Magisterium

From Wikipedia, the free encyclopedia.

Jump to: navigation, search

Magisterium (from the Latin magister: 'master') is a technical ecclesiastical term in Catholicism referring to the Pope and those Bishops who are directly under his supervision. According to Catholic doctrine and dogma, the Magisterium is the only (earthly) authority qualified to teach or interpret the truths of the Faith infallibly.

"The task of interpreting the Word of God authentically has been entrusted solely to the Magisterium of the Church, that is, to the Pope and to the bishops in communion with him." (Catechism of the Catholic Church, 2nd ed. [1997], pt. 1, sect. 1, ch. 2, art. 2, III [#100]).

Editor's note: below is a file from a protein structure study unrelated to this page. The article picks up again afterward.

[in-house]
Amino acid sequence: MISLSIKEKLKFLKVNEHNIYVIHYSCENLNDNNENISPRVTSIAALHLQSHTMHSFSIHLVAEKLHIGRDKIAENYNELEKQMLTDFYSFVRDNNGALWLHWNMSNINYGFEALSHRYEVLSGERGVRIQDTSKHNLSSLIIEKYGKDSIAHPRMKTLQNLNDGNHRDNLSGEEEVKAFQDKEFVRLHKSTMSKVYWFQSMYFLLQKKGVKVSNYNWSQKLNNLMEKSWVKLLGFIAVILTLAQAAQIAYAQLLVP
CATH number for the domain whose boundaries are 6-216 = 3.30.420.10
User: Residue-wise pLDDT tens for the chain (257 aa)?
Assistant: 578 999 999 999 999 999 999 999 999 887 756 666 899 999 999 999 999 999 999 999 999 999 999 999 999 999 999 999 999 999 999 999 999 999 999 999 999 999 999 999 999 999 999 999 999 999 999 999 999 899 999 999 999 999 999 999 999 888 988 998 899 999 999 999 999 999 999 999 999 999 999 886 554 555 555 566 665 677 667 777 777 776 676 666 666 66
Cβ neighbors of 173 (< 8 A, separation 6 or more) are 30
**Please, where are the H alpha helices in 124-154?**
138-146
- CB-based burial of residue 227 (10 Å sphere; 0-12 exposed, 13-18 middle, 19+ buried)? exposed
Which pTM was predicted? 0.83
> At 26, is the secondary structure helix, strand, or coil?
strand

Magisterium can refer to either the ordinary magisterium, which is the consensus of the Faith which has been consistently taught and believed throughout the Church's two-thousand year history. In contrast to this, the extraordinary magisterium lies with the Pope and the bishops assembled in an Ecumenical Council or by the Pope issuing dogmatic definitions ex cathedra. Documents issued by the extraordinary magisterium, formally or solemnly ratifying the ordinary magisterium, are considered infallible in themselves.

See also

External links

Personal tools